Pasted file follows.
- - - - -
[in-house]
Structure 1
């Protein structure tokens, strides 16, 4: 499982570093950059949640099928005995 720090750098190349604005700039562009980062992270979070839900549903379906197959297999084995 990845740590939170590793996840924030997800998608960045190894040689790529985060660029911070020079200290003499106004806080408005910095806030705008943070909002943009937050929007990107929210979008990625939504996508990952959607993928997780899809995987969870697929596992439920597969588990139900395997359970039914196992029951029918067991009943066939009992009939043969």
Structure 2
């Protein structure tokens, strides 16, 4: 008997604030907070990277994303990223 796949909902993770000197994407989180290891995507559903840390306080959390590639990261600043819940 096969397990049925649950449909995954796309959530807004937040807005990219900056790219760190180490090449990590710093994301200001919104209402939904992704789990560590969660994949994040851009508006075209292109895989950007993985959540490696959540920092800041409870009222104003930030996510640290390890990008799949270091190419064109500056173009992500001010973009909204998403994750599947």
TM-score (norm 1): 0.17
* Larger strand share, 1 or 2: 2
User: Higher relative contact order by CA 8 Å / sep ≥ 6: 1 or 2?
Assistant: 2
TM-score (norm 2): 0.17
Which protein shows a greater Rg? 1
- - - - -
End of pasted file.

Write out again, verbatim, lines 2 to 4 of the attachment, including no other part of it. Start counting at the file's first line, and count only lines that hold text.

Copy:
Structure 1
């Protein structure tokens, strides 16, 4: 499982570093950059949640099928005995 720090750098190349604005700039562009980062992270979070839900549903379906197959297999084995 990845740590939170590793996840924030997800998608960045190894040689790529985060660029911070020079200290003499106004806080408005910095806030705008943070909002943009937050929007990107929210979008990625939504996508990952959607993928997780899809995987969870697929596992439920597969588990139900395997359970039914196992029951029918067991009943066939009992009939043969």
Structure 2